THE EFFECTS OF RADIATION ON THE EXPRESSION OF A NEWLY CLONED AND CHARACTERIZED RAT CYCLIN-B MESSENGER-RNA

Citation
Da. Markiewicz et al., THE EFFECTS OF RADIATION ON THE EXPRESSION OF A NEWLY CLONED AND CHARACTERIZED RAT CYCLIN-B MESSENGER-RNA, International journal of radiation oncology, biology, physics, 28(1), 1994, pp. 135-144
Citations number
30
Language
INGLESE
art.tipo
Article
Categorie Soggetti
Oncology,"Radiology,Nuclear Medicine & Medical Imaging
ISSN journal
0360-3016
Volume
28
Issue
1
Year of publication
1994
Pages
135 - 144
Database
ISI
SICI code
0360-3016(1994)28:1<135:TEOROT>2.0.ZU;2-#
Abstract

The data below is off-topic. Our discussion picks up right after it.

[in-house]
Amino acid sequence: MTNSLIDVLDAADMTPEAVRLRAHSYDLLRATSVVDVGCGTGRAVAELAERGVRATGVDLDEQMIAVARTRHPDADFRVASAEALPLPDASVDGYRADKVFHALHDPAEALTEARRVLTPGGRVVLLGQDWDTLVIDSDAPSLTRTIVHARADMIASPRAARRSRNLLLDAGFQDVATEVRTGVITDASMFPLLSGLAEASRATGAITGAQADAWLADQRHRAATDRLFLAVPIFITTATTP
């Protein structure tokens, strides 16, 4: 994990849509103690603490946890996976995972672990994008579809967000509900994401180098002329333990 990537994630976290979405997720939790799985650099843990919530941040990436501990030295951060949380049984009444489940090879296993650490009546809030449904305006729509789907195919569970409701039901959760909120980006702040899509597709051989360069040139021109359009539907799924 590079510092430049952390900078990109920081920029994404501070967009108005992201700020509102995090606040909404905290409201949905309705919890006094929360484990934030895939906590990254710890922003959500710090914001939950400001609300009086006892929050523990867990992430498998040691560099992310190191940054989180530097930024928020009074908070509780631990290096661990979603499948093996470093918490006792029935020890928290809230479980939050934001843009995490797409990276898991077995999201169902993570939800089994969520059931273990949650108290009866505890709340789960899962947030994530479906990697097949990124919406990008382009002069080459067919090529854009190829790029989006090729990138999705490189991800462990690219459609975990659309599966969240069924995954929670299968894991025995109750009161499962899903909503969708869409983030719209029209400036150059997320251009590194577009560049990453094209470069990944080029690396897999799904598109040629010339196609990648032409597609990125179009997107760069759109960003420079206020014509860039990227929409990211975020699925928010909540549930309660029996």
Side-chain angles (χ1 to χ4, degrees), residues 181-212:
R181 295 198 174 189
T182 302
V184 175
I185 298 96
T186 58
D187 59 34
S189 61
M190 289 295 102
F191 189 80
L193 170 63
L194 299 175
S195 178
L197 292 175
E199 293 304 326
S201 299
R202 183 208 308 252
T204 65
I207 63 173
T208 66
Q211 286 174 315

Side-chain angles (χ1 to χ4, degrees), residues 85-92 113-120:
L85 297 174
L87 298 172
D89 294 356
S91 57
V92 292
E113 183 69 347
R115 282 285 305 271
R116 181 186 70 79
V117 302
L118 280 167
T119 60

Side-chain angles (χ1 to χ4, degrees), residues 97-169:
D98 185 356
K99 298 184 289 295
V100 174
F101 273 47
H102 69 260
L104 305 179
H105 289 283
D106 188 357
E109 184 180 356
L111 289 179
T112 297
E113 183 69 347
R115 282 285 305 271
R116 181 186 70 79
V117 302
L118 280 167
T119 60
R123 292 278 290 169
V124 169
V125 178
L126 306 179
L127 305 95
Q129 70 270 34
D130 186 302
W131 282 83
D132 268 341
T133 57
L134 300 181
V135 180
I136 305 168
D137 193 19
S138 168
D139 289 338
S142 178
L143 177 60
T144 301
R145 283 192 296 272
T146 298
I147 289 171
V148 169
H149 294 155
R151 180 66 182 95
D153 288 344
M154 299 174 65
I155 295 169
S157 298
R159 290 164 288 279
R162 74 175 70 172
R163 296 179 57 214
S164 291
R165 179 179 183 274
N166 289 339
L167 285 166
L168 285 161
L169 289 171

Purpose: To evaluate the hypothesis that the radiation induced G2 dela y in the cell cycle is associated with radiation induced effects on cy clin B expression in a rodent cell system. Methods and Materials: Two rodent, rat and Chinese hamster, cyclin B cDNAs were cloned and charac terized. The two rodent species were 85% and 86% identical, respective ly, when compared to the human cyclin B, indicating that they are the rodent homologues of cyclin B. 3.7 cells (rat embryo cells transformed by H-ras and v-myc) were synchronized and then irradiated. Flow cytom etry and Northern blots were performed to evaluate the effects of radi ation on cyclin expression in relation to phase of the cell cycle. Res ults: Examination of the rodent cyclin B sequences revealed only two r egions with significant divergence to the human sequence, one in the l ysine rich region adjacent to the cyclin destruction box, which is the putative site for ubiquitination, and one at the C terminal end. Alth ough many of the amino acids diverged in the lysine rich region, the p ositions of the lysines themselves were virtually invariant suggesting their potential importance in ubiquitination. Both rodent species wer e also noted to have a PEST-like sequence which occurs in the human, b ut not in nonmammalian cyclins cloned to date and could also potential ly contribute to rapid destruction. The rat and Chinese hamster mRNAs contain much longer 3' untranslated regions than the published human s equence with multiple AUUUA and AUUU motifs which are seen in other mR NAs with rapid turnover times. This feature has not been previously fo und in cyclin mRNAs. In addition we have found that in the 3' region o f the rodent cDNAs we find two potential polyadenylation sites suggest ing that this gene may have several transcripts. Our studies suggest t hat multiple mechanisms of control of mammalian cyclin B destruction e xist, both at the mRNA and protein level. Evidence is also provided th at the levels of rat cyclin B mRNA peaks during G2/M. Irradiation is s hown to induce a G2 delay in synchronized 3.7 cells, compared to unirr adiated controls, and the delay is temporally related to decreased lev els of cyclin B mRNA expression. Since the G2 delay induced by ionizin g radiation may contribute to the ability of cells to survive irradiat ion, cyclin B expression may be a key component in the determination o f sensitivity or resistance to radiation therapy. Conclusion: The isol ation and characterization of two rodent cyclin B's confirm that multi ple mechanisms of control of mammalian cyclin B destruction exist. Our studies show that rat cyclin B expression is influenced by radiation and is temporally related to the delay in the G2 phase induced by radi ation.